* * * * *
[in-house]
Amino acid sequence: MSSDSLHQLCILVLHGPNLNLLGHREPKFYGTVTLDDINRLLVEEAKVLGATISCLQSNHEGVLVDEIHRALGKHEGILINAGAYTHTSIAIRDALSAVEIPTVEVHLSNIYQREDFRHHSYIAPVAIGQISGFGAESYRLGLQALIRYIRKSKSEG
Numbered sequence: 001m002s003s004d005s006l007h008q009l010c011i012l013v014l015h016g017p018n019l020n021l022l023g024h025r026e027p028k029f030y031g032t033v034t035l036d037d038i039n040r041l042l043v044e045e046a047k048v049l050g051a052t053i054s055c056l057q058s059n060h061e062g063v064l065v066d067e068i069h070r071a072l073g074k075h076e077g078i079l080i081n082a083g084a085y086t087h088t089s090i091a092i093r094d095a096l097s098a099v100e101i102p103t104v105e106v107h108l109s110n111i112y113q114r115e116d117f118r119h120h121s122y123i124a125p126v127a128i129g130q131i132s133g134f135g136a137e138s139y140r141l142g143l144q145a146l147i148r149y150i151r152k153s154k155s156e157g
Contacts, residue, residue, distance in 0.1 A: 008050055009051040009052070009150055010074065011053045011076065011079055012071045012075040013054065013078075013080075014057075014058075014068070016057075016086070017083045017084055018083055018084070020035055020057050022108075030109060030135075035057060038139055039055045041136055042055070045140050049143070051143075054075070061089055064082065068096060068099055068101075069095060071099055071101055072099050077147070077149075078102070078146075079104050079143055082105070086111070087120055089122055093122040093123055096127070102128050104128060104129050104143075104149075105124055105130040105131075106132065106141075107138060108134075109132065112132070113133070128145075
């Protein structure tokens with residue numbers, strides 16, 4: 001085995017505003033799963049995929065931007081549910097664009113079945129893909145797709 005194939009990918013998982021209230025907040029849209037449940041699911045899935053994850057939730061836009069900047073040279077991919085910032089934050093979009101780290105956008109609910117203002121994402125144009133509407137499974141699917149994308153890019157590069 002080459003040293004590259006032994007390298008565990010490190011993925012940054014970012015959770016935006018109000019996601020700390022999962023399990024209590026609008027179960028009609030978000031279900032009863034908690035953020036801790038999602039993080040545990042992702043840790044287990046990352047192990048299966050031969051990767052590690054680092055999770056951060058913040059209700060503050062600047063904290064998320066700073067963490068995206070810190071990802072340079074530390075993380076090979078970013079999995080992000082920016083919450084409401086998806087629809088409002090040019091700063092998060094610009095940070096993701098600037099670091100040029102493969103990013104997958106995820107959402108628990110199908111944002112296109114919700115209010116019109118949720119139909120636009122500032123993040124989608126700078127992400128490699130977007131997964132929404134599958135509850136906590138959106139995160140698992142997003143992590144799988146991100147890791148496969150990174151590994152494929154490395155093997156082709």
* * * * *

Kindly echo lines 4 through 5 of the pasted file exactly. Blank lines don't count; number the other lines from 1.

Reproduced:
Contacts, residue, residue, distance in 0.1 A: 008050055009051040009052070009150055010074065011053045011076065011079055012071045012075040013054065013078075013080075014057075014058075014068070016057075016086070017083045017084055018083055018084070020035055020057050022108075030109060030135075035057060038139055039055045041136055042055070045140050049143070051143075054075070061089055064082065068096060068099055068101075069095060071099055071101055072099050077147070077149075078102070078146075079104050079143055082105070086111070087120055089122055093122040093123055096127070102128050104128060104129050104143075104149075105124055105130040105131075106132065106141075107138060108134075109132065112132070113133070128145075
């Protein structure tokens with residue numbers, strides 16, 4: 001085995017505003033799963049995929065931007081549910097664009113079945129893909145797709 005194939009990918013998982021209230025907040029849209037449940041699911045899935053994850057939730061836009069900047073040279077991919085910032089934050093979009101780290105956008109609910117203002121994402125144009133509407137499974141699917149994308153890019157590069 002080459003040293004590259006032994007390298008565990010490190011993925012940054014970012015959770016935006018109000019996601020700390022999962023399990024209590026609008027179960028009609030978000031279900032009863034908690035953020036801790038999602039993080040545990042992702043840790044287990046990352047192990048299966050031969051990767052590690054680092055999770056951060058913040059209700060503050062600047063904290064998320066700073067963490068995206070810190071990802072340079074530390075993380076090979078970013079999995080992000082920016083919450084409401086998806087629809088409002090040019091700063092998060094610009095940070096993701098600037099670091100040029102493969103990013104997958106995820107959402108628990110199908111944002112296109114919700115209010116019109118949720119139909120636009122500032123993040124989608126700078127992400128490699130977007131997964132929404134599958135509850136906590138959106139995160140698992142997003143992590144799988146991100147890791148496969150990174151590994152494929154490395155093997156082709």